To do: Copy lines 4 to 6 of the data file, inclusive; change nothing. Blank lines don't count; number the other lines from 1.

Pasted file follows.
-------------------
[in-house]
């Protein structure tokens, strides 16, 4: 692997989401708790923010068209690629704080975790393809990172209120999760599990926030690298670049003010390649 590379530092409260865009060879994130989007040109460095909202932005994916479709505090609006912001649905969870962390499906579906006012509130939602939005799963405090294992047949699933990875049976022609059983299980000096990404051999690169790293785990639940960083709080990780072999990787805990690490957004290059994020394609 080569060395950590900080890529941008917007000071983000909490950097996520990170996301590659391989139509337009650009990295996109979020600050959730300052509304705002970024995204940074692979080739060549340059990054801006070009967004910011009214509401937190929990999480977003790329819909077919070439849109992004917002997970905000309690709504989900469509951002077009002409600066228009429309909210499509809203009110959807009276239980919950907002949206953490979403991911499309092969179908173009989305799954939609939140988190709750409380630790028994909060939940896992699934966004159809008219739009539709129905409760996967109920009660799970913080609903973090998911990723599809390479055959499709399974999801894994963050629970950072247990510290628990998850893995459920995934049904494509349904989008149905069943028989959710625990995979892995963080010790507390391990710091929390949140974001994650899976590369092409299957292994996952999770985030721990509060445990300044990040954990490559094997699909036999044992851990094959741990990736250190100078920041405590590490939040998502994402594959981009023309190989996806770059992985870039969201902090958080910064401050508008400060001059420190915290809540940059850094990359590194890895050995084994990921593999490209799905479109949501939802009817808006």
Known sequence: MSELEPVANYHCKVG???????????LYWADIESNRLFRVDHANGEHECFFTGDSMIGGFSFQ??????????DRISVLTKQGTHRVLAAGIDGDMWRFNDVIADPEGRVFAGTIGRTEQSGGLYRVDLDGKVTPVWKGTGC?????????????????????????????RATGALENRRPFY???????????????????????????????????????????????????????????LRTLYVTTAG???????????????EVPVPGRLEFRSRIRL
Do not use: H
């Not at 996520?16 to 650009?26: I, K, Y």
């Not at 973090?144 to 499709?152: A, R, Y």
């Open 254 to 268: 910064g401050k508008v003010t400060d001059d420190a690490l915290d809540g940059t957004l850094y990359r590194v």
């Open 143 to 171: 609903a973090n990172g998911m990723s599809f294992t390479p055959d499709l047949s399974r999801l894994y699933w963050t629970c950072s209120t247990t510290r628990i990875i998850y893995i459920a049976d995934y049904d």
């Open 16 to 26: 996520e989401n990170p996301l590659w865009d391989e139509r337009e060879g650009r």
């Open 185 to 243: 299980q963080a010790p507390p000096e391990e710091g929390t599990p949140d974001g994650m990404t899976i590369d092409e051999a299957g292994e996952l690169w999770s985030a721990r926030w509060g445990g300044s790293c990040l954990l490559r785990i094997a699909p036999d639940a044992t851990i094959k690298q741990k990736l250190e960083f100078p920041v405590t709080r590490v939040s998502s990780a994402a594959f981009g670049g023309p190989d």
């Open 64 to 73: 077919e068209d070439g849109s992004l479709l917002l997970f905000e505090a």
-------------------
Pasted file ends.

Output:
Do not use: H
């Not at 996520?16 to 650009?26: I, K, Y």
């Not at 973090?144 to 499709?152: A, R, Y």